Predictors of adequate correction following vision screening failure

Ruth E. Manny, Loraine T. Sinnott, Lisa A. Jones-Jordan, Dawn Messer, J. Daniel Twelker, Susan A. Cotter, Robert N. Kleinstein, Mabel Crescioni

Research output: Contribution to journalArticlepeer-review

9 Scopus citations


Purpose. To determine whether compliance with referral 1 year after vision screening failure was associated with care model, demographic, or ocular factors. Methods. Data were analyzed from 798 children in the Collaborative Longitudinal Evaluation of Ethnicity and Refractive Error Study with habitual logMAR visual acuity (VA) 0.26 (20/40 + 2 or worse) in either eye due to uncorrected or undercorrected refractive error and who returned the following year. The parents of 492 children failing in TX and CA were sent letters indicating the need for a complete vision examination (screening model), while 306 children seen primarily in AZ and AL received a free complete examination and eyeglasses if needed (complete care model). Presenting to follow-up with adequate correction (logMAR <0.26) in each eye was considered compliant. Logistic regression models for compliance were fit to assess whether care model, ethnicity, sex, age, uncorrected logMAR in the better eye, or parental income, education, or myopia were predictors. Results. Overall compliance was 28%. Age [p = 0.01, odds ratio (OR) = 1.12] and uncorrected logMAR (p < 0.001, OR = 1.13) were associated with compliance but care model, ethnicity, and sex were not. Among the 447 children for whom data on parental factors were available, 27% were compliant. In this model, age, ethnicity, sex, parental income, parental education, and parental myopia were not associated with compliance, but uncorrected logMAR (p = 0.005; OR = 1.13) was predictive. An interaction between unaided VA and care model predicted improved compliance with poorer unaided VA in the complete care model. Conclusions. Expensive complete care screening programs may not improve compliance over typical notification and referral screening protocols in school-aged children, unless unaided VA is worse than the common 20/40 referral criteria. Unaided VA had less impact on predicted compliance in the screening-only protocol.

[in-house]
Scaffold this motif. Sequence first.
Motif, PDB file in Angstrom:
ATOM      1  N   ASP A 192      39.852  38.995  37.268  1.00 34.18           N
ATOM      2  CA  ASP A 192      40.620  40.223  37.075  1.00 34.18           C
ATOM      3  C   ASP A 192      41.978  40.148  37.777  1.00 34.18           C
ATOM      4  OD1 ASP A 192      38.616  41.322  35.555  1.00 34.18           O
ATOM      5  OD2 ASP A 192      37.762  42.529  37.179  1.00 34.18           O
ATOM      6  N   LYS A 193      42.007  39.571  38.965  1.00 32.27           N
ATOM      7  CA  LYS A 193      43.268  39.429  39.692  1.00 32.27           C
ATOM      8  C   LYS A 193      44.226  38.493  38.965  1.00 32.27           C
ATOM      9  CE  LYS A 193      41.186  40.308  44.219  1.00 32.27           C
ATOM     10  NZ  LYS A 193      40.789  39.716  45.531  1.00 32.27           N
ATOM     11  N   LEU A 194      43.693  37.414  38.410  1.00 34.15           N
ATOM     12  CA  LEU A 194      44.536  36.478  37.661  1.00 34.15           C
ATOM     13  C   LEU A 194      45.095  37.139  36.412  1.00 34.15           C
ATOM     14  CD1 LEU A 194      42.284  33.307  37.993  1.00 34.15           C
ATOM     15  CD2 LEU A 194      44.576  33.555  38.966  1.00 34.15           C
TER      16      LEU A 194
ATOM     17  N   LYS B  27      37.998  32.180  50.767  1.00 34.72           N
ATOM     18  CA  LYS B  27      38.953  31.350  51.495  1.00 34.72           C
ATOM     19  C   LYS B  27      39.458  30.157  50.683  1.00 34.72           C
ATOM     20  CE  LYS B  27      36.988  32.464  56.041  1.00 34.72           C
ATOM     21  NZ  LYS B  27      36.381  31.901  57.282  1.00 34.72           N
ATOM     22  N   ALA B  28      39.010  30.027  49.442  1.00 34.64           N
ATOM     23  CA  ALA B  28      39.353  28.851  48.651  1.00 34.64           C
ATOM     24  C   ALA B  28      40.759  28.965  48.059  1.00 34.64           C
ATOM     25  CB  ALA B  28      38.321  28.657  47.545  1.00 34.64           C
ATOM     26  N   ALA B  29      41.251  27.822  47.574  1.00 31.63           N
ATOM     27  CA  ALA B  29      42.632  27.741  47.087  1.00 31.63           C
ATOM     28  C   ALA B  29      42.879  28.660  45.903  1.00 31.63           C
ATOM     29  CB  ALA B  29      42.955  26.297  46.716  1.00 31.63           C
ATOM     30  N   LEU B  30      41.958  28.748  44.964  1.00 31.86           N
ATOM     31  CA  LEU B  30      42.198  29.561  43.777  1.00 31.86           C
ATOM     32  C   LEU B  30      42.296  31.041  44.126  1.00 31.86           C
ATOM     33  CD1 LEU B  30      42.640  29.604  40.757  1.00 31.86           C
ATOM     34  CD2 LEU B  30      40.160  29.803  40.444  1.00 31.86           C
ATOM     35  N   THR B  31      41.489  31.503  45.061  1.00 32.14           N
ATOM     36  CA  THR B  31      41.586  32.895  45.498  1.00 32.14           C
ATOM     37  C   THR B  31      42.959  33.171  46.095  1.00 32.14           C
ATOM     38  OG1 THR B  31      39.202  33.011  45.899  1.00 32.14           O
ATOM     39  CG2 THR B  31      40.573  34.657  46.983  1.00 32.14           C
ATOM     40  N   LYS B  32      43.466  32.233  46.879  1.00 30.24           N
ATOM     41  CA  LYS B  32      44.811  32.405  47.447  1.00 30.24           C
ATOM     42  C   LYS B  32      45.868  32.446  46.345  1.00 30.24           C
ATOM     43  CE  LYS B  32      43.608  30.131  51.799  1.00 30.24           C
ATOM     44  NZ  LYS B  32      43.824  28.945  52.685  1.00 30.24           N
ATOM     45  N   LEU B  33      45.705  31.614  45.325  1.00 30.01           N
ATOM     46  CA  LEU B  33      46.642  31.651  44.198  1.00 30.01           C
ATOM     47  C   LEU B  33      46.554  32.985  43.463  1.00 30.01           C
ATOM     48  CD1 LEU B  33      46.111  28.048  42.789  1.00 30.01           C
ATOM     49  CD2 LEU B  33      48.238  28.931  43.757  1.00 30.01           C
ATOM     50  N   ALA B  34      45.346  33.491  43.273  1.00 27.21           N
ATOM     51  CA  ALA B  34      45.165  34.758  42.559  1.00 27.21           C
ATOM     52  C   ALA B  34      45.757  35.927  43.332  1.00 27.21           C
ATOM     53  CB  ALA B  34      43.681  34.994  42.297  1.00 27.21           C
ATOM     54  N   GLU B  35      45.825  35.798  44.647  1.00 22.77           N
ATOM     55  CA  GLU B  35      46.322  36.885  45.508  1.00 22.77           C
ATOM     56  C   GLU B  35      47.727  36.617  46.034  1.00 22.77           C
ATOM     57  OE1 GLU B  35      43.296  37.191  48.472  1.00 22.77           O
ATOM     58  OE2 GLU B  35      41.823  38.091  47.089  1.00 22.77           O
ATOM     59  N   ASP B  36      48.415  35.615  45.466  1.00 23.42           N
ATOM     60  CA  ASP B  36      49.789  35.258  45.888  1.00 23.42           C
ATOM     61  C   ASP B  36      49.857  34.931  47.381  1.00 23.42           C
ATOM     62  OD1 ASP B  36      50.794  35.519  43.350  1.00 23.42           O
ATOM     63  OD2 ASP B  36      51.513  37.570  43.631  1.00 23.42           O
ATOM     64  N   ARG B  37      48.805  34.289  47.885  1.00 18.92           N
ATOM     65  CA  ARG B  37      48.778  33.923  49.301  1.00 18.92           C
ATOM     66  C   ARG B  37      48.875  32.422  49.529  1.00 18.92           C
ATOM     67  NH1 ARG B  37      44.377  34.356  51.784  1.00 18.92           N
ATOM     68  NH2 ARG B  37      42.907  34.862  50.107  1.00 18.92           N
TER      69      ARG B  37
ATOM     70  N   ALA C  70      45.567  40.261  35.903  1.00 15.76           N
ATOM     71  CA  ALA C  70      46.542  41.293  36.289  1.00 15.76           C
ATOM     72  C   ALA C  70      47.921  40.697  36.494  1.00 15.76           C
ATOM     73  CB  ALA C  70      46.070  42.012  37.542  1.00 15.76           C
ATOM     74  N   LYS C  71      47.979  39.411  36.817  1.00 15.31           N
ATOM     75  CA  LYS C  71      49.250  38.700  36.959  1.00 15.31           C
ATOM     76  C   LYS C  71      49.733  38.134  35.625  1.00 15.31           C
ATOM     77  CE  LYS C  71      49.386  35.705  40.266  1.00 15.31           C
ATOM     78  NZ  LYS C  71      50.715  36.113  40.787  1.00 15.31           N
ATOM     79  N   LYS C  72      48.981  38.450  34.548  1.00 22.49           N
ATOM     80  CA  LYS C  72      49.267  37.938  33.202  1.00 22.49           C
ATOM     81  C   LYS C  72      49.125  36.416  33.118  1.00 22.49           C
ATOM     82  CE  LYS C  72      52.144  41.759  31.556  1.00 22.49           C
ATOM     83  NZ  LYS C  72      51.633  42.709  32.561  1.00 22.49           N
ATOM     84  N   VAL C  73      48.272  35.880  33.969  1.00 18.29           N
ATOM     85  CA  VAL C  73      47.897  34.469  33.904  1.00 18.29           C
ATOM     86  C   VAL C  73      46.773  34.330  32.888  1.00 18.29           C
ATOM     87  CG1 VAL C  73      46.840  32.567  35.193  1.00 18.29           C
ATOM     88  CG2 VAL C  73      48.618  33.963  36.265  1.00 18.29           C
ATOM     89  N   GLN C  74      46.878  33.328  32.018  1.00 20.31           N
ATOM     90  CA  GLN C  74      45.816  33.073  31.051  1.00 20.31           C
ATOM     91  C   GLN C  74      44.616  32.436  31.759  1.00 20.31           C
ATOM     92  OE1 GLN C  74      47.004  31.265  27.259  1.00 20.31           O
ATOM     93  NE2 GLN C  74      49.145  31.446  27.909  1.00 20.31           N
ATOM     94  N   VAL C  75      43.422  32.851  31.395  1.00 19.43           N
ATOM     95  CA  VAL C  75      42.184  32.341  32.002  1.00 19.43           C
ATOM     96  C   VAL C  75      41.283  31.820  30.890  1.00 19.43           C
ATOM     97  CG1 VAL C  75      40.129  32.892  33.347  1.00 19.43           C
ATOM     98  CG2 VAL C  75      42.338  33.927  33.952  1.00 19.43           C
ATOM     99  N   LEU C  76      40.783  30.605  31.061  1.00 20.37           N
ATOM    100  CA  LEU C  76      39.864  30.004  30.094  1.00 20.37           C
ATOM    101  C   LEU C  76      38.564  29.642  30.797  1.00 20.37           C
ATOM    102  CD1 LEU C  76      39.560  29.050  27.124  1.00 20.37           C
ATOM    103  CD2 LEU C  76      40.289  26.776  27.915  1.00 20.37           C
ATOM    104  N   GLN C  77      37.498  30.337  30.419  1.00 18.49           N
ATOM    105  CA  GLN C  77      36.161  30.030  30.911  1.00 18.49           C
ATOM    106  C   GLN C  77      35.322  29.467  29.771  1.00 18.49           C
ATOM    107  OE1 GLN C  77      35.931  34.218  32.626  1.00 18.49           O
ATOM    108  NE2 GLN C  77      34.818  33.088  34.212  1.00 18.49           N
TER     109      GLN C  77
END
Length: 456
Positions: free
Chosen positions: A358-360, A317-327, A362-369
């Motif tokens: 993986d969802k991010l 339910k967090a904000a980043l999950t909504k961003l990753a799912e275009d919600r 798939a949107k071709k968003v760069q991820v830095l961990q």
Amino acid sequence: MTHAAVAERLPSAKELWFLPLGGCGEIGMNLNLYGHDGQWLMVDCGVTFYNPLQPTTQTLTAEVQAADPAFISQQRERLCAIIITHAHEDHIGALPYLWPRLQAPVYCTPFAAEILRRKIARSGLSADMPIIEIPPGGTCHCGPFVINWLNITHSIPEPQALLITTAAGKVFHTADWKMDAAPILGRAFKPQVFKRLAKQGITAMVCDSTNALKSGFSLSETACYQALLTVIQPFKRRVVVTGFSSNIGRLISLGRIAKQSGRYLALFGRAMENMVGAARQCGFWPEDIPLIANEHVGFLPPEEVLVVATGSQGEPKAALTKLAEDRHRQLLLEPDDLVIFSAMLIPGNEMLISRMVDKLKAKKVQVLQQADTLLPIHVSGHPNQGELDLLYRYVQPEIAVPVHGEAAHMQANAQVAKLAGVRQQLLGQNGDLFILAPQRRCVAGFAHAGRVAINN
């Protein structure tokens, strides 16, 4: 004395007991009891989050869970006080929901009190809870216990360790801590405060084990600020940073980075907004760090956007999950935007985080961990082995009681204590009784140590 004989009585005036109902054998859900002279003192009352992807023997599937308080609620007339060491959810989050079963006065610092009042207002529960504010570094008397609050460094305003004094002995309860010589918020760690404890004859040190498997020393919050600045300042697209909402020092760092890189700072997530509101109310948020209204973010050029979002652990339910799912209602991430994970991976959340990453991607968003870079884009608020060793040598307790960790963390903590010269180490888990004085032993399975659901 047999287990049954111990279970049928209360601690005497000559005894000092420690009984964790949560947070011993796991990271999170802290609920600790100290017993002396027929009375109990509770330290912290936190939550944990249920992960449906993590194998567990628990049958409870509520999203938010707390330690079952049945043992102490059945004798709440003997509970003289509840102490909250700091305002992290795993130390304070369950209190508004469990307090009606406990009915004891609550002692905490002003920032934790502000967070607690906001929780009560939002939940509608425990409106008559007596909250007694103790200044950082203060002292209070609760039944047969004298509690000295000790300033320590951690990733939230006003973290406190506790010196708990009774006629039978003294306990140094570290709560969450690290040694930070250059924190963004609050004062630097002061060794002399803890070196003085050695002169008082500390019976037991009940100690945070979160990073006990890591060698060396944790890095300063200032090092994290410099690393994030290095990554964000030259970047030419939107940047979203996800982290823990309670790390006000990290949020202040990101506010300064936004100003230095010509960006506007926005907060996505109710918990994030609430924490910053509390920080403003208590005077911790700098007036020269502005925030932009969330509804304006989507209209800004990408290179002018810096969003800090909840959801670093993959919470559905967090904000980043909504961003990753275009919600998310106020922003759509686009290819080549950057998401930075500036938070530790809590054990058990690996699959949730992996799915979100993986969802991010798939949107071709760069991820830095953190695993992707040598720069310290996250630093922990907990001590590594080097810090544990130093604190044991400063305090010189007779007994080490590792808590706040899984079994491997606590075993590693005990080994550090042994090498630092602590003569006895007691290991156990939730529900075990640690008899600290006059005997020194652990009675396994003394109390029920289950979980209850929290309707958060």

Original languageEnglish (US)
Pages (from-to)892-900
Number of pages9
JournalOptometry and Vision Science
Issue number6
StatePublished - Jun 2012


  • compliance
  • optical correction
  • refractive error
  • school children
  • vision screening

ASJC Scopus subject areas

  • Ophthalmology
  • Optometry


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